Tuesday, February 24, 2009

Sister Sky, Turquoise to Place

Like spontaneously finding the best parking space at the market, like finding the sweetest blueberries on a day in which everything else falls into place, followed by a spectacular sunset, good food and a great night's sleep, the paintings I last worked on surprised me so, and stopped me in my tracks--like a race track smooth and level--harnessed to hold the sky, just for pondering and quiet consideration. I excogitate further and offer a realistic study as a short interlude....



Made me think about this horse competing in the last run of the season here at the Rillito Race Track in Tucson last Saturday. We went to see these glorious creatures and I took a bunch of photos of them, of course. I hope to do more studies of them during those times I'm afraid of abstracting landscapes!

This study, 6" x 4" on paper is a study using the 'three sisters' and caran d'ache with water. I'm hoping to post more of these in the future, but here is the photo I used as I drew from the monitor today.


Extra credit for those of you who know the word "excogitate". I stumbled upon it while correcting my spelling and thought...why not?!

19 comments:

daviddrawsandpaints said...

Well, I spend a lot of effort in my life excogitating, especially in the morning when I try to decide which socks to put on.

Horses are wonderful animals full of raw power and spirit. I love 'em.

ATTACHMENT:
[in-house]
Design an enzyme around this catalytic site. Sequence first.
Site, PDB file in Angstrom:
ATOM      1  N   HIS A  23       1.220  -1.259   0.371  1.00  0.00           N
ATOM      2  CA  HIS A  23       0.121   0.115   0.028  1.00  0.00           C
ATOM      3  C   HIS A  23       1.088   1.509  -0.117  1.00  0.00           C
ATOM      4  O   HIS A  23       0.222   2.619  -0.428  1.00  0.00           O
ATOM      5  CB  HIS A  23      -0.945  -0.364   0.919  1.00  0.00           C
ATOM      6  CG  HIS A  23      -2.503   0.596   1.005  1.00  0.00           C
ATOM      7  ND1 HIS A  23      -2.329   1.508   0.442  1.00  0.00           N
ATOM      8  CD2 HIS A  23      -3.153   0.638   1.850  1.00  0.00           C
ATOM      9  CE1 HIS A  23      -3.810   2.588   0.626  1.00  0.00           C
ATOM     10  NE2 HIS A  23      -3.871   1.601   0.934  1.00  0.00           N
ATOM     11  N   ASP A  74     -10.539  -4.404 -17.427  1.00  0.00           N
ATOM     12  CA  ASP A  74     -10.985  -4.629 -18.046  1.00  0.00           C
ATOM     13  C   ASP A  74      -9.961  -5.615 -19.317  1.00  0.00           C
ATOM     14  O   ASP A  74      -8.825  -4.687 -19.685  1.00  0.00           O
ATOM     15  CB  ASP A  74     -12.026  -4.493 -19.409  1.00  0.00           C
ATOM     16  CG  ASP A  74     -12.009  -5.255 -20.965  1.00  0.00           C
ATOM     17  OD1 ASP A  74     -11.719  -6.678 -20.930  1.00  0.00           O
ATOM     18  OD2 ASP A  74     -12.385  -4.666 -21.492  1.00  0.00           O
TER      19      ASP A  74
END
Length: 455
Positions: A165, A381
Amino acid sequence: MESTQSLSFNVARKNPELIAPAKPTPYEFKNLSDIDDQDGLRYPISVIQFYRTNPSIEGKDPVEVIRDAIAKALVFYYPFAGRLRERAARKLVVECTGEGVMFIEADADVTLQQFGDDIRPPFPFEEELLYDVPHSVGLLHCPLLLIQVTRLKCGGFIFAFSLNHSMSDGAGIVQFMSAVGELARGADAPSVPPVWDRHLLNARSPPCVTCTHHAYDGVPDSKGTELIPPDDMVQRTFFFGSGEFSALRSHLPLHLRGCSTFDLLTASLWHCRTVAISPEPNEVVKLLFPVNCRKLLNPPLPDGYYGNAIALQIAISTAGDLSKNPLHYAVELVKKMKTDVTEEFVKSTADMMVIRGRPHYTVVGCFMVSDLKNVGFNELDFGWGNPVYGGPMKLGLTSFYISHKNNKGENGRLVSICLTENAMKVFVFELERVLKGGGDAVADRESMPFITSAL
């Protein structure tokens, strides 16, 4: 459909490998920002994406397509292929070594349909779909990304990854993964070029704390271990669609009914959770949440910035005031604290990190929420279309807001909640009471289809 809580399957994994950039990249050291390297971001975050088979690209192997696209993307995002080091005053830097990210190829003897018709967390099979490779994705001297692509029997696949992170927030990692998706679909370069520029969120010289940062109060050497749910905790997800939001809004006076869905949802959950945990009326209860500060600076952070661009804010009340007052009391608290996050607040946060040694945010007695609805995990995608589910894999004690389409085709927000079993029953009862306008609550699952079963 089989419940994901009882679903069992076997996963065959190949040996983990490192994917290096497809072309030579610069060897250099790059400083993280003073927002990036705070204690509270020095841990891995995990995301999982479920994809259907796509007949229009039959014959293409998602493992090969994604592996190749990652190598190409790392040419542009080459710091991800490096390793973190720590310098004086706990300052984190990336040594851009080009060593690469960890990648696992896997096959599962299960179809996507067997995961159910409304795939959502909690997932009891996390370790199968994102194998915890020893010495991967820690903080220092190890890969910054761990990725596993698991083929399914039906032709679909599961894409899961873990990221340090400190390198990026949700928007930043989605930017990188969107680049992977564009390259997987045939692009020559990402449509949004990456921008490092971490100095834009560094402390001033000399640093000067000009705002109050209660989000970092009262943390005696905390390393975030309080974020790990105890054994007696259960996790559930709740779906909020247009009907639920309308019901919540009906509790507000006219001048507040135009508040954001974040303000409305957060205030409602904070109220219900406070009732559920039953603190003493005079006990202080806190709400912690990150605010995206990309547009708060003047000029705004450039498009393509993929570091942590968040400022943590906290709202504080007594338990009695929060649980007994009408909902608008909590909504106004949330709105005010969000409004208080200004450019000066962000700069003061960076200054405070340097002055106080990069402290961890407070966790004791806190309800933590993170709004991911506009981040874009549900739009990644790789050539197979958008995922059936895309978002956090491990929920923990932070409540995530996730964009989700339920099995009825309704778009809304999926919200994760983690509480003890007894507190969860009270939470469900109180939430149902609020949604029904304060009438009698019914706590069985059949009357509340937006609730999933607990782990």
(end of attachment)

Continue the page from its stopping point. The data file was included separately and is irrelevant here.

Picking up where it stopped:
And I love this noble nags head as well!

Karen said...

I get that stopped in my tracks feeling every time I feel like I've gone forward. I wish I could remember where I once read of a particular writer who, in order to be able to get himself able to actually sit down and do some writing, had to leave the house and do every errand he could possibly think of, then upon his return home, rush directly back to his typewriter, coat still on, and start typing before he realized what he was doing.

I see a Melinda's Word of the Day blog.

No need to ever excuse your beautiful drawings realistic or abstract.

Melinda said...

Hi David!
Well, you get 10 extra vocabulary points today! You are a clever man.

Thanks for stopping by. Maybe I'll add more new words in the future...

Melinda said...

Hi Karen!
You had me laughing loudly and agreeing with your writer's story. I've been known to clean the entire house, walk the dogs, do a little gardening and grocery shopping before allowing myself studio time. Of course, by then...I'm exhausted. Guess what? My house is the messiest it's ever been as I spend more time painting. Hmmm. There's a lesson in there. Now that you mention it, I have been known to step out of the car and turn left to go into my studio rather than turn right to go into the house.

I really like your idea for a word of the day. Let's see, how about kerigma? There's a funny joke that I remember with this word. If you want to hear it, lemme know.

Karen said...

I will admit there have been times when I've realized I'm in the middle of doing something like rearranging the order in which my paints are laid out on the table (instead of painting). Doesn't get much more absurd!

Yes of course tell the joke!

loriann signori said...

Melinda, I love your vocabulary expander-excogitate and your new horse painting. You implied movement by your use of color. Nice.
Thanks also for adding me to your blogroll. I feel honored. I will make certain you are placed on mine.

Melinda said...

Too funny, Karen. It's a comfort to know that you do this sort of thing as well.